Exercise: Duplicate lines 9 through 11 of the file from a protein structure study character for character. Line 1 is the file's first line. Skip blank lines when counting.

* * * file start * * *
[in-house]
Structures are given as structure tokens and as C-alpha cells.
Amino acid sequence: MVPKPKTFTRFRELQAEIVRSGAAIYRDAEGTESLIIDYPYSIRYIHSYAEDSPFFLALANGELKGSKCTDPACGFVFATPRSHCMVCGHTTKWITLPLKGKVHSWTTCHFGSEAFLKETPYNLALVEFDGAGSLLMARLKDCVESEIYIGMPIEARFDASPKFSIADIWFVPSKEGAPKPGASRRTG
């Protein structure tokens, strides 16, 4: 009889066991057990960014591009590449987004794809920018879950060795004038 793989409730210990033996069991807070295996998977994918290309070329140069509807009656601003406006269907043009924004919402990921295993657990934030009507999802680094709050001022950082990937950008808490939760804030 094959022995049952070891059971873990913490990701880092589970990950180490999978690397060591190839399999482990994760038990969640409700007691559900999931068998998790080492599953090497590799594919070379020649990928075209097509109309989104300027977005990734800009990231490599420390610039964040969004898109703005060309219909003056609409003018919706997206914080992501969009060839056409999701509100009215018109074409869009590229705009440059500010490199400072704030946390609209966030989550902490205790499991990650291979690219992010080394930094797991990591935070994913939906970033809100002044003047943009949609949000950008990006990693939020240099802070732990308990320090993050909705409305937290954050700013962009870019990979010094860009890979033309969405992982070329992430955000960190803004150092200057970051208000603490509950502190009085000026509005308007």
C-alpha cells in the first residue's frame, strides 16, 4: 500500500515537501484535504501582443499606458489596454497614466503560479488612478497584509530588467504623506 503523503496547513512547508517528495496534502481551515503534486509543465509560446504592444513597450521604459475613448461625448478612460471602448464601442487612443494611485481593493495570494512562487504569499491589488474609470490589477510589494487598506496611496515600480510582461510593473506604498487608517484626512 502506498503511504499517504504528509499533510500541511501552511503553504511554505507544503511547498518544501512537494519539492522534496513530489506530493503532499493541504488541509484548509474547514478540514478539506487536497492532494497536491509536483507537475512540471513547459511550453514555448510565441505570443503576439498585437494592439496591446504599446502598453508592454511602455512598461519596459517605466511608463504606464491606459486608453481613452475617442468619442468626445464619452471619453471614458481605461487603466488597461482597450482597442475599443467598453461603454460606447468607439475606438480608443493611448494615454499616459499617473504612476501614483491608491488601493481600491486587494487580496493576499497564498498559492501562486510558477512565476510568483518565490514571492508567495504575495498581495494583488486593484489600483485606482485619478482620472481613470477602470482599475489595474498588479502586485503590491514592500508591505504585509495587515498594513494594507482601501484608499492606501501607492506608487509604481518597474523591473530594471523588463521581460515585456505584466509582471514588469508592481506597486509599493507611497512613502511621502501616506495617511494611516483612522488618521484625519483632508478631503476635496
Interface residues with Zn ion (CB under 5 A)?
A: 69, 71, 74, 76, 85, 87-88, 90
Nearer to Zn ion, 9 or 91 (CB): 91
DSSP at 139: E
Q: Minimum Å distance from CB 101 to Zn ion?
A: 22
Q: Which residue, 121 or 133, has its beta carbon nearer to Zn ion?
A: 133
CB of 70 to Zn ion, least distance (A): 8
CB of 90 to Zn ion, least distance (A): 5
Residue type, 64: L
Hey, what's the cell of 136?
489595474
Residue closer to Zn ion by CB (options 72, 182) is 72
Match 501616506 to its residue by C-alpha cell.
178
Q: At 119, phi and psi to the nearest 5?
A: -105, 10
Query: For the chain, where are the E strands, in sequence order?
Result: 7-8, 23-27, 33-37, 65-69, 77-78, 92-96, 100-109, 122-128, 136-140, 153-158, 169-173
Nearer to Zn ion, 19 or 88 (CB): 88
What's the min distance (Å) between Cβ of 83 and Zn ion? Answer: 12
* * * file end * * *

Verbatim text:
DSSP at 139: E
Q: Minimum Å distance from CB 101 to Zn ion?
A: 22